There's no quick fix to the global economy's excess capacity

Experts Agree, Recession Is Over

The Quick Buck Just Got Quicker

Elizabeth Warren Video - Banks problems are going to get worse - (

Nearly one-third of all mortgages underwater - (

US Houseowners Cut Asking Prices $27.8 Billion - (

The Rentership Society - (

Housing Glut Pushes Rental Inflation to Record Lows - (

Slowing US Rents Push Inflation Lower, May Delay Fed - (

The Real Impact of Deflation - (

Google Maps Now Shows Houses For Sale, Incl Foreclosures - (

Fair-Value Accounting Is Horror Flick Monster - (

Toxic Loans Topping 5% May Push 150 Banks to Point of No Return - (

Bernanke, Do You Have The Cojones To Raise US Interest Rates? - (

Weird old text about credit bubbles - (

Competing Ads on Health Care Plan Swamp the Airwaves - (

Why We Need Health Care Reform - (

US healthcare town halls: Anger, fear and lunacy - (

Jon Stewart Eviscerates 'Birther' Movement - (

Friday, August 28, 2009

Saturday August 29 Housing and Economic stories


Rahm Emanuel Freddie Mac Connection Aired on Beck By Democratic Pollster - ( – Good video. We reported on this in much greater detail on March 26th. Click through above for video. Rahm sat on the board of Freddie Mac, and made $16M in 2 years between Freddie Mac and another financial firm. He was there while Freddie Mac was cooking the books. Look at the crooked connections between Rahm, Whitacre, Mayor Daley and of course Jim Johnson (Fannie Mae).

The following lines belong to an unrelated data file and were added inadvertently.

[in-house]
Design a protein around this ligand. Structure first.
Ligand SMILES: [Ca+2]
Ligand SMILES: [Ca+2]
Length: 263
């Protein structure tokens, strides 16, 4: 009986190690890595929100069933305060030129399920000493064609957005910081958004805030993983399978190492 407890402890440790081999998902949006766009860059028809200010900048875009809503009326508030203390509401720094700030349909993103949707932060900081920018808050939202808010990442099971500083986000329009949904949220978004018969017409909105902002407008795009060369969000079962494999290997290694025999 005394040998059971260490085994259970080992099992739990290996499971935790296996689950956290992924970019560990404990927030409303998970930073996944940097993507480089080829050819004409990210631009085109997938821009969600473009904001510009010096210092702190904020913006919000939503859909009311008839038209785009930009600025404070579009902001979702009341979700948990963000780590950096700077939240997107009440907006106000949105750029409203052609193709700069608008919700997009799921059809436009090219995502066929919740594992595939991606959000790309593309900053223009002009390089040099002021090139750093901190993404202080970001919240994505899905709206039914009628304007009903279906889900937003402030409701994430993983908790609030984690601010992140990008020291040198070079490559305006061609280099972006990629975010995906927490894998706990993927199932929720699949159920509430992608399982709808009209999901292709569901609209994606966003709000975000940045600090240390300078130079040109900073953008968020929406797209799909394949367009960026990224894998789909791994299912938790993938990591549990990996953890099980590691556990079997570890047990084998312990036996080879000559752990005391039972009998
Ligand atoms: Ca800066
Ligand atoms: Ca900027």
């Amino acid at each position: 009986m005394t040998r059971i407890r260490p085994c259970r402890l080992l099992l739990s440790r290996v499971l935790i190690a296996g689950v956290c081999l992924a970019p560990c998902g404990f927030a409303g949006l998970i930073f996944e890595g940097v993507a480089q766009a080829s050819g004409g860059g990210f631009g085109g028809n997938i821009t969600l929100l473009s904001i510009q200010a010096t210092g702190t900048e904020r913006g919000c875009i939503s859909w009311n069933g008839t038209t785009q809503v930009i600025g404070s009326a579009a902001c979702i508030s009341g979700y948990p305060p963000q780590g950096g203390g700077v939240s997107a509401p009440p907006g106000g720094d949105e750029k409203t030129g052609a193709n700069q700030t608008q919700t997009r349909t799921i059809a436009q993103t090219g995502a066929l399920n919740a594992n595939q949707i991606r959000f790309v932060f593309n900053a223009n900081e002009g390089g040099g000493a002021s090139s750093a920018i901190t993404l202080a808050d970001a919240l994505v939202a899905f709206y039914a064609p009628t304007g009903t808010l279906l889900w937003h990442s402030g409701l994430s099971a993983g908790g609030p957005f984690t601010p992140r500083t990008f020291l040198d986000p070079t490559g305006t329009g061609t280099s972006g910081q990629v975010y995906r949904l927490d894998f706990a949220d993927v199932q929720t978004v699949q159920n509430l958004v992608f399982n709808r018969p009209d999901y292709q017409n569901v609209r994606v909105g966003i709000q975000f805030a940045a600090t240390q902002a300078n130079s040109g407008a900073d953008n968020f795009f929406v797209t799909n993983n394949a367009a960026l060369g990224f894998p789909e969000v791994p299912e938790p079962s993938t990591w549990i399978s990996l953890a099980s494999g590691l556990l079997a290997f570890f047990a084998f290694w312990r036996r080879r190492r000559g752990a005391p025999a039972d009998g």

Banks Help Small Debt Become a Big One – ( In his briefcase, Imar Hutchins carries a certified check for $25,000. It is a crazy amount to walk around with, but for the last nine months, a series of banks have refused to take the money, even though Mr. Hutchins owes it toward a mortgage on a small apartment building in Harlem. In fact, the $25,000 check is the fourth and largest payment that Mr. Hutchins has tried to make after he fell one month behind last year. Since then, the banks have rejected every penny he has sent. At bewildering speed, and without telling him, the original bank — Washington Mutual — invoked a clause in the lending note and moved to seize the building, at 763 St. Nicholas Avenue, near 148th Street. So many foreclosures are hitting the courts, the stories of greed and folly by all parties could fill volumes. But the machinery of foreclosure also has a brainless side. Even generally responsible people can get trapped among the shards of the global financial crisis. In 2005, lenders filed foreclosures on an average of 14 properties a day across the city. This year, it is 65 per day. “Banks get bought by other banks, they change their philosophies,” Mr. Hutchins said. “The people fall through the cracks. No one is really looking out for the customer.” While Mr. Hutchins’s case is just one foreclosure among thousands now moving through the courts, a judge saw it as an example of how things should not be done. “The facts in this case, in their simplicity,” wrote Justice Emily Jane Goodman, “illustrated the state of property foreclosures in New York and the economic relationship between banks and their borrowers, as well as the surrounding ironies.” Mr. Hutchins, 39, who, among other things, co-founded an elementary school in Atlanta while he was a student at Morehouse College, ran a vegetarian restaurant in Washington, and got a law degree from Yale, has lived in Harlem for the last five years. His grandfather Lyman T. Johnson sued the University of Kentucky to force it to admit black students in 1949. “My father was a Realtor,” Mr. Hutchins said. “I tried like hell to do anything but real estate.” In May 2006, he bought 763 St. Nicholas Avenue, which has seven apartments and a storefront, taking out a $470,000 loan. As tenants left, he renovated the apartments and began to collect higher rents. A few days ago, Mr. Hutchins welcomed a visitor into a ground-floor apartment that he is using as an office. The new floor had a high gleam. “The wood is from a Brazilian tree that grows up in water,” he said. “We got it because the guy upstairs kept flooding the apartment, and I thought it would do better in a flood.” Generous as the guy upstairs was with water, he did not pay his rent for a year and a half, Mr. Hutchins said. Another tenant got sick and couldn’t pay for a year. That meant two out of seven apartments in the building were a dead loss. A year ago in May, Mr. Hutchins missed a mortgage payment of $3,730. The lender, Washington Mutual, was then on the verge of the largest bank collapse in United States history. “First, I tendered $3,730 — that was a month late,” Mr. Hutchins said. “I didn’t want it to go 60 days. They rejected that. It made me look bad later. Then I tried to pay $7,500. I Fedexed the check to the bank. They returned it uncashed with a form letter.” Later, he tried to pay $17,500, and eventually the $25,000. Although lawyers for the bank did not respond to a request for comment, for Justice Goodman the central facts were not in dispute. “There is no evidence whatsoever that Defendant intended to ignore, neglect or default in this matter,” she wrote, adding that Mr. Hutchins “made numerous efforts to pay the two months that were late, and even attempted to pay more.” While Mr. Hutchins had regular communications with bank lending officers, no one told him that the bank had begun foreclosure. The notice was served on a tenant in the building rather than the owner, suggesting, Justice Goodman wrote, “bad faith by Washington Mutual, especially when taken with their refusal to accept payment.” With no reply from Mr. Hutchins, he was declared in default. When he learned of the action, he went to court, and Justice Goodman agreed to lift the default. Now Mr. Hutchins and the successor to Washington Mutual will meet in court to settle the amount he owes. Why wouldn’t a bank take money that it was owed? There are only guesses. One possibility, Mr. Hutchins said, is that the building is worth around $700,000, considerably more than the $470,000 original mortgage. The judge also wondered why. “Despite the Owner’s undisputed efforts to pay the Bank,” she wrote, “the Bank nevertheless brought proceedings to foreclose because, as stated by Plaintiff’s counsel at oral argument, ‘that’s their choice.’ ” That would fall under the unilluminating doctrine of “because they feel like it.”